It’s hard to ignore a story about a commercial airliner that went missing nearly three weeks ago and still has not conclusively been found.
But I’ve been trying my best to do exactly that.
It’s not that I’m incurious about how a large pile of metal carrying some 239 human beings could vanish into thin air. With all the technology now at the world’s disposal, it seems downright impossible for a loaded airplane to disappear without a trace.
And yet I have opted to mostly tune out the ongoing saga of Malaysia Airlines Flight 370, keeping the coverage of its possible whereabouts at arm’s length. The reason for this concerns the narrow but crucial difference between what we’d call a “search for answers” and a “search for meaning.”
To wit: Since the Malaysia Airlines plane first lost radio contact with officials on the ground, it has become increasingly clear that we have no earthly idea what the hell happened. America’s news networks have conjured one hypothetical scenario after another, but these seem to be based on a combination of shoddy information and pure speculation. Actual, verifiable facts have come in fits and starts, leaving jittery would-be analysts to fill in the blanks.
Indeed, the media’s imagination in this story is commendable for its comprehensiveness: It was terrorism! No, it was suicide! No, it was an asteroid! No, it’s a government conspiracy! And so forth.
For most onlookers, the Malaysian jet disappearance serves as a good old-fashioned mystery, sparking the natural human tendency to gather clues and eventually arrive at a resolution. In other words, a search for answers. The who, the what, the where and the how.
What’s missing is the why—the element that can only be assessed once all the other questions have been answered, and the element without which everything else is worthless. The why is what tells us what is so interesting about all these disparate facts in the first place, paving the way for a greater understanding about the world around us. In other words, the search for meaning.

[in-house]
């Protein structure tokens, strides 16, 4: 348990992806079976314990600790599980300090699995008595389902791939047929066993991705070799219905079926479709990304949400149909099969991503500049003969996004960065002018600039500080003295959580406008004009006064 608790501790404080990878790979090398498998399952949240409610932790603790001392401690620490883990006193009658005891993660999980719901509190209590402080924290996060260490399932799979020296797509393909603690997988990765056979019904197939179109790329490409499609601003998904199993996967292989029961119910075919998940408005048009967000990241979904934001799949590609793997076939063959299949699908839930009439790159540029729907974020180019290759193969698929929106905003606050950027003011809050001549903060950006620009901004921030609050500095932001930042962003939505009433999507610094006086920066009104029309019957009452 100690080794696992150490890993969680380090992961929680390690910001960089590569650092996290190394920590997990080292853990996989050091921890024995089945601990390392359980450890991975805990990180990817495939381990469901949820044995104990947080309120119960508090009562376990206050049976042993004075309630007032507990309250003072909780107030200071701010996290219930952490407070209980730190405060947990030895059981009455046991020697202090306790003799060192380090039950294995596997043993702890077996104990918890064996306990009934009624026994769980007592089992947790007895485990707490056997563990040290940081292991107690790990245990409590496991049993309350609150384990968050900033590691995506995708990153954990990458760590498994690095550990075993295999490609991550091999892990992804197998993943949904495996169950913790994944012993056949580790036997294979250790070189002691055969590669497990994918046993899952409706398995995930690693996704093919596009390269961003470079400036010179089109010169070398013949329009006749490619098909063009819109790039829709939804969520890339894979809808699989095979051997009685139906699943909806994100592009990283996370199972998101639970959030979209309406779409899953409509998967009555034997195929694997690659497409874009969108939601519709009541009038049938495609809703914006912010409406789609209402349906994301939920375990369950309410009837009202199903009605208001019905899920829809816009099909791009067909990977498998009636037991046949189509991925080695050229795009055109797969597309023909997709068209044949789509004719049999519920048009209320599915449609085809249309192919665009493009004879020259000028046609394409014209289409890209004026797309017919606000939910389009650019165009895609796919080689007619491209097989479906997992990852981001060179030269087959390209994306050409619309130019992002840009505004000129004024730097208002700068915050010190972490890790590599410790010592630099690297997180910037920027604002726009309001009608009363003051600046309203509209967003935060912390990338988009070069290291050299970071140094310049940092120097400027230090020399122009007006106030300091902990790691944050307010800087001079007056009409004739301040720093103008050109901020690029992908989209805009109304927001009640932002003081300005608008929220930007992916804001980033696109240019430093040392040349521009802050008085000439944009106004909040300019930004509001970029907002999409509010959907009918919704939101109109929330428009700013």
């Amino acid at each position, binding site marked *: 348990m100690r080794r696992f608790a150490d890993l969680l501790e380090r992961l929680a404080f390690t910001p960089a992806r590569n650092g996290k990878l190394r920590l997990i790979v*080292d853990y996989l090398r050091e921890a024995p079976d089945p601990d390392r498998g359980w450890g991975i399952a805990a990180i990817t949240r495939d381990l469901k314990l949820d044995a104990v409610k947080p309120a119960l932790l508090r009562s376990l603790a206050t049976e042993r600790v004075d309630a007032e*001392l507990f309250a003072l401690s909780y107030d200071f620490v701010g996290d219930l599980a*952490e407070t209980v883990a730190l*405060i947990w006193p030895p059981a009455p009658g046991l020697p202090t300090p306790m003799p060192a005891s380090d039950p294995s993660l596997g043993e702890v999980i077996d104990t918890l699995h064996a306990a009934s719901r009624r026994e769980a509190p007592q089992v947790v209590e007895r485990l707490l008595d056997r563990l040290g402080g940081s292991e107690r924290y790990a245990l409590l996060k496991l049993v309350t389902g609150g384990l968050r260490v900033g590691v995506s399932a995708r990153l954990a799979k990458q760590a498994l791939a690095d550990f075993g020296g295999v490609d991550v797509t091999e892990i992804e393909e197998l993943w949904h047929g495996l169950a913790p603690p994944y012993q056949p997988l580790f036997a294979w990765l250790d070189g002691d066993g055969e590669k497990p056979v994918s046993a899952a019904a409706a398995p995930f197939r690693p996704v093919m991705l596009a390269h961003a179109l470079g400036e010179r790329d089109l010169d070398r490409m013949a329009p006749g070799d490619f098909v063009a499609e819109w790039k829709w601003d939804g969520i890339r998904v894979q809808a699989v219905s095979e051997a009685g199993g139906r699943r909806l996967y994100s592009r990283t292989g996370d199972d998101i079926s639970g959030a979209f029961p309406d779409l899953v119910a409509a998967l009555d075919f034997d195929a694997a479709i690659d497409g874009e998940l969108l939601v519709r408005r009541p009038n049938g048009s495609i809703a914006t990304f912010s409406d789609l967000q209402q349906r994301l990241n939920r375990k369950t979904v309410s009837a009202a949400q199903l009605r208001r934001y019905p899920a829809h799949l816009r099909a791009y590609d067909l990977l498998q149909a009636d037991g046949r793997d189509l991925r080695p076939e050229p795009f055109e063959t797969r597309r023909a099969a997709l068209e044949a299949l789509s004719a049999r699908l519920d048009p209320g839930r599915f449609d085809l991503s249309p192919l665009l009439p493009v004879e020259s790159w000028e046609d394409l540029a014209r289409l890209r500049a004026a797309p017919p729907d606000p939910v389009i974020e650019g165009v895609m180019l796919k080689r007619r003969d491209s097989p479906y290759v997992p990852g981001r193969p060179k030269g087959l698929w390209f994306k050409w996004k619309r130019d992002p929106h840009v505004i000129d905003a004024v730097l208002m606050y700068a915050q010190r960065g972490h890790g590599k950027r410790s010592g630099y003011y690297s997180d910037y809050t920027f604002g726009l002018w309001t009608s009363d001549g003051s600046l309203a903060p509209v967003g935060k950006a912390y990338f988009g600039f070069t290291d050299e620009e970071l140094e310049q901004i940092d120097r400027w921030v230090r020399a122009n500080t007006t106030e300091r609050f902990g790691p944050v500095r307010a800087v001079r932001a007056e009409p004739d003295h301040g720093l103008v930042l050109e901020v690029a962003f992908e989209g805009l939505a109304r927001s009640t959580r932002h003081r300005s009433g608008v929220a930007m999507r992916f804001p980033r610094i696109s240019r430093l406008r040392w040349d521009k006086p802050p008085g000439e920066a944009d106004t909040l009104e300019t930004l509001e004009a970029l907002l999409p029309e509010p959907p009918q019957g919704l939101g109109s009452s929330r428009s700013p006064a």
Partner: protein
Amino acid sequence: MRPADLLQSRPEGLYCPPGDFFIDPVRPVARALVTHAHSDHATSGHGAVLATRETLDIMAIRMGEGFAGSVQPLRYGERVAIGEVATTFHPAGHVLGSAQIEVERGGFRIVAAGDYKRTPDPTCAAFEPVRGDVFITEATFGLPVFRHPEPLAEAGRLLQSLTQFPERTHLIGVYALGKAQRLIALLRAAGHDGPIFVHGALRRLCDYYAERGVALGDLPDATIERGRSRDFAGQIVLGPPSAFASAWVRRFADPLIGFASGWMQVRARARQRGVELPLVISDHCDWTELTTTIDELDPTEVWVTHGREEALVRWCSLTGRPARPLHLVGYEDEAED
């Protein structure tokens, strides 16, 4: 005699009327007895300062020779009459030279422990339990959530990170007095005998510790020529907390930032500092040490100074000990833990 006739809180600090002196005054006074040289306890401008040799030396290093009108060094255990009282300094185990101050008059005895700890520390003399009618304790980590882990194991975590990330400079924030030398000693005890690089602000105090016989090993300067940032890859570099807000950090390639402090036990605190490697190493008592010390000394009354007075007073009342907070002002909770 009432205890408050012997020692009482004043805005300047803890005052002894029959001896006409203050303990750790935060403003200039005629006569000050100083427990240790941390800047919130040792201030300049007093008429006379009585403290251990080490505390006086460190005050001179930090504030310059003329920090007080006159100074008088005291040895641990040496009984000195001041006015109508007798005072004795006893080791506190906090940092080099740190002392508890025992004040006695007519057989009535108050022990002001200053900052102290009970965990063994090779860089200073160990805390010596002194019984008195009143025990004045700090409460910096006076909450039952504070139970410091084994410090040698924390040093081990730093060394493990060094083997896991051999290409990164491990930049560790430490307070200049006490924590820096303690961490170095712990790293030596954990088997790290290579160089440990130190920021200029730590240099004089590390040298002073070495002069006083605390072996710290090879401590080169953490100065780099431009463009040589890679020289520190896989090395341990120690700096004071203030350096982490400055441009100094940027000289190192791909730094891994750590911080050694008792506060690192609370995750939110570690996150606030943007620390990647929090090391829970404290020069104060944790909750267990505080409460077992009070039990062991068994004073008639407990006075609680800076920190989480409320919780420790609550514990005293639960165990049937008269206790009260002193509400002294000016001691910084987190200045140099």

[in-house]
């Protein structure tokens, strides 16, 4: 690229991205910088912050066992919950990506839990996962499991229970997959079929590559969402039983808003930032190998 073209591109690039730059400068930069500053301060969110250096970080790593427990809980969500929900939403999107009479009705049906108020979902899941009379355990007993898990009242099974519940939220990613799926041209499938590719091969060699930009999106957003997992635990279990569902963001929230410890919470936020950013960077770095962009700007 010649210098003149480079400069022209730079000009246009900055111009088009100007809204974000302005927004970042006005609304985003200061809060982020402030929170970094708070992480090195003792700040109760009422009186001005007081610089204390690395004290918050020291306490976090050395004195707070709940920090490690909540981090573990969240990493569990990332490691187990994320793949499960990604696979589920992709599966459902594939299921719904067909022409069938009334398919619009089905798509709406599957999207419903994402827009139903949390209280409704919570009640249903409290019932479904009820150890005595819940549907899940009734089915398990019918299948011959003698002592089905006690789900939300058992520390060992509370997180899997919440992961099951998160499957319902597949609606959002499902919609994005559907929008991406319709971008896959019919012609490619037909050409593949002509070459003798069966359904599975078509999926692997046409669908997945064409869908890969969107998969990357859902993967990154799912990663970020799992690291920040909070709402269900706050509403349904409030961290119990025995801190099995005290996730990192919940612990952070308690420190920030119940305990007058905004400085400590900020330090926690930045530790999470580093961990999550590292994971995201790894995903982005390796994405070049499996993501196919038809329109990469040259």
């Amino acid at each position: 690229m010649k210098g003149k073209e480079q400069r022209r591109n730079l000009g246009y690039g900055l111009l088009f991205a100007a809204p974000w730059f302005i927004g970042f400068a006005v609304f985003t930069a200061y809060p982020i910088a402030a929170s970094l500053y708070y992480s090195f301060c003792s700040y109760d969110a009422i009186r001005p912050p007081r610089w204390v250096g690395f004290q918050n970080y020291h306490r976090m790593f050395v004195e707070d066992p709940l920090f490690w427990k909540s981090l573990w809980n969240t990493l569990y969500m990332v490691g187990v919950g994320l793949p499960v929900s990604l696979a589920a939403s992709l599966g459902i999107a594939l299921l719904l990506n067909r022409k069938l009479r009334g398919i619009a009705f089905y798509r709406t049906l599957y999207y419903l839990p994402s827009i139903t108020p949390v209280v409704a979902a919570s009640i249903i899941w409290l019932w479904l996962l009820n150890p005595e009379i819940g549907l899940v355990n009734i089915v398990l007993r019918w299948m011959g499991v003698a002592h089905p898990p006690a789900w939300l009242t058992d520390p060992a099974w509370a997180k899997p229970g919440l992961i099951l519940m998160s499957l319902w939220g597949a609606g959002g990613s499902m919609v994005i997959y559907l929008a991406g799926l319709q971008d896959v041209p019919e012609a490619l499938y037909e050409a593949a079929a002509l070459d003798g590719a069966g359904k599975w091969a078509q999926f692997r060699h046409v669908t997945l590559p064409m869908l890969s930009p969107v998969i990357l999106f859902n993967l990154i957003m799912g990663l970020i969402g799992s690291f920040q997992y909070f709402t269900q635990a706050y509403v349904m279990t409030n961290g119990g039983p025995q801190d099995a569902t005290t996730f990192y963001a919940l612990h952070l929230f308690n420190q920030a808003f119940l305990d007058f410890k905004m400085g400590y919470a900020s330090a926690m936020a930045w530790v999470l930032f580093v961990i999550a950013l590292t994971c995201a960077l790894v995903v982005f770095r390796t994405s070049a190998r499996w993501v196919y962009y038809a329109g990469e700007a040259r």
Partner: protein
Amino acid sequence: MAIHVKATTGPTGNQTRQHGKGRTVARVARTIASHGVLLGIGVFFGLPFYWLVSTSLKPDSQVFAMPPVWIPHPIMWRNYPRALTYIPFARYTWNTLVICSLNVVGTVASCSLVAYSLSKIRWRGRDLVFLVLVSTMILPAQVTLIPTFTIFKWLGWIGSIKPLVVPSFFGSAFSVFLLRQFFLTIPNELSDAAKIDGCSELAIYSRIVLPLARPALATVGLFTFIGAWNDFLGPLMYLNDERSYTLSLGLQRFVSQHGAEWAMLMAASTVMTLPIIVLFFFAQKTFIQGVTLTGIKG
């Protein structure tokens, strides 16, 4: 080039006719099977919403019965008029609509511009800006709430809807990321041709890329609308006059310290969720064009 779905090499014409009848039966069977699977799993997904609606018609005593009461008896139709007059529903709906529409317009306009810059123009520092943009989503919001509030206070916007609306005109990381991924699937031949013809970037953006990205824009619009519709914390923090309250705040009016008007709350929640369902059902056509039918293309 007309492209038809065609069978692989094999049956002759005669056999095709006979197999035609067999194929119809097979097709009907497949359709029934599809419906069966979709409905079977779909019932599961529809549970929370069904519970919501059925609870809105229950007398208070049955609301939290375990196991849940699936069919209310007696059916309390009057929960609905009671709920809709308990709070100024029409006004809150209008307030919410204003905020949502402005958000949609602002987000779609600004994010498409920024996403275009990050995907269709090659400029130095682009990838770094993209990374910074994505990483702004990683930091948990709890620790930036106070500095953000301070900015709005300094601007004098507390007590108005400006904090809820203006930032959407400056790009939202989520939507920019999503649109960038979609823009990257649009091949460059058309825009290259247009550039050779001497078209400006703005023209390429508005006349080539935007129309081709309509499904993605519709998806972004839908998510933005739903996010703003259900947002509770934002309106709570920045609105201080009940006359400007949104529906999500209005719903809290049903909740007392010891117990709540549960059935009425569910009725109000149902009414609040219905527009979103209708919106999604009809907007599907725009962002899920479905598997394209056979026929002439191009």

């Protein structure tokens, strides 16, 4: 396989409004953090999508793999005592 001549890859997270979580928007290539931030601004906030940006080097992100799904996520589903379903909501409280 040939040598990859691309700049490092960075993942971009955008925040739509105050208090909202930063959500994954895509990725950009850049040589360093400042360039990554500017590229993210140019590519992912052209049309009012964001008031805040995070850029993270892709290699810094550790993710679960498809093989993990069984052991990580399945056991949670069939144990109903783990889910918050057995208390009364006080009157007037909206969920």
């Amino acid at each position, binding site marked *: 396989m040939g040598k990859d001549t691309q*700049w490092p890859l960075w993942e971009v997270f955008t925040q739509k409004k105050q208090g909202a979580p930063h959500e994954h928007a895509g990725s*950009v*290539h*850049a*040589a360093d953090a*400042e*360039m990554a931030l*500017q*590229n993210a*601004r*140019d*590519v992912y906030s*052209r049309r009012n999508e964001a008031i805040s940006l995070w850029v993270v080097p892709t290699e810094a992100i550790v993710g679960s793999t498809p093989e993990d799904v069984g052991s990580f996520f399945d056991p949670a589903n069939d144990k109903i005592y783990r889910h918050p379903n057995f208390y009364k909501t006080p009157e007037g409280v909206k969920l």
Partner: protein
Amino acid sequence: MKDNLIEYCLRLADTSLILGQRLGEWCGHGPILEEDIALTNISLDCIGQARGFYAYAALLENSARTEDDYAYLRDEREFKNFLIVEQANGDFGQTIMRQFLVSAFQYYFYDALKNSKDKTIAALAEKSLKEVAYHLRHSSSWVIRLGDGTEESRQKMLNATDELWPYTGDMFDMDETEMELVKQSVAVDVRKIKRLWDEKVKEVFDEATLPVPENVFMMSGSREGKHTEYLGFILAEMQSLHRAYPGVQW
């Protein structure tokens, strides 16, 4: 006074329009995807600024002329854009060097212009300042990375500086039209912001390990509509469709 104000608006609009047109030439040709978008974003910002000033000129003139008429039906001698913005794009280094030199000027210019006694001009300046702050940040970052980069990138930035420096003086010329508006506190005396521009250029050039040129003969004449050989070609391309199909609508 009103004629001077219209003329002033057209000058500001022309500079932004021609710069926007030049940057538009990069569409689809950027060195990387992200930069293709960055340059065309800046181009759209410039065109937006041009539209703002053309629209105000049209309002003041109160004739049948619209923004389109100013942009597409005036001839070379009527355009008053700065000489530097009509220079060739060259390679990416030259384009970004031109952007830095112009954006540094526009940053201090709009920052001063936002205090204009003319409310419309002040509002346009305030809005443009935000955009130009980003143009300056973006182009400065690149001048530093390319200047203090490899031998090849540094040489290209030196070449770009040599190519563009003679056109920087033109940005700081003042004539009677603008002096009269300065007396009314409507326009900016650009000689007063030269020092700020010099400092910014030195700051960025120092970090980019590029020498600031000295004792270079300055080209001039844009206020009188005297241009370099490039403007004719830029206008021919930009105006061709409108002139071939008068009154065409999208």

On the matter of the missing plane, I would very much be interested to find out whether Flight 370 had been taken captive by a hijacker, or instead had merely fallen victim to bad weather or faulty equipment. I would be intrigued by the prospect of a government cover-up in the investigation of the plane’s trajectory and final resting place, and the ways the passengers’ family and friends have been left in the dark.
But here’s the thing: Thus far, we have been presented limited, if any, evidence that any of the above is actually the case. And we can’t interpret the facts until we know what the facts are.
For instance, if it turns out Flight 370 was hijacked by terrorists, we can have an international conversation about terrorism.
If it was a simple (or not-so-simple) mechanical malfunction, we can talk about mechanics.
If the Malaysian and/or Chinese governments have behaved improperly in the course of this ordeal, let us hold the culpable officials to account.
And if we never find out what really happened somewhere over the Indian Ocean on March 8, let us accept that not all mysteries can be solved and not every tragedy yields a take-home message.
In short: Less us calm the heck down.
Admittedly, this is not an easy thing for us humans to do. For mysteries big and small, we want answers and we want them now. We want to know that everything happens for a reason, and that even the most horrific events can be redeemed, however slightly, by the dissemination of the Truth. Nothing irritates us quite so much as a cold case, and the possibility that we may never find the answers we seek.
What makes this compulsion problematic is our national media, which prefers to report false information rather than no information at all, effectively jerking us around from one conspiracy theory to another for no good reason.
While America’s cable news networks may have jumped the shark permanently when it comes to hysterical coverage, we still have the option to ignore them. To resist the urge to draw meaning where there is none, and to glean answers from sources who don’t even ask the right questions.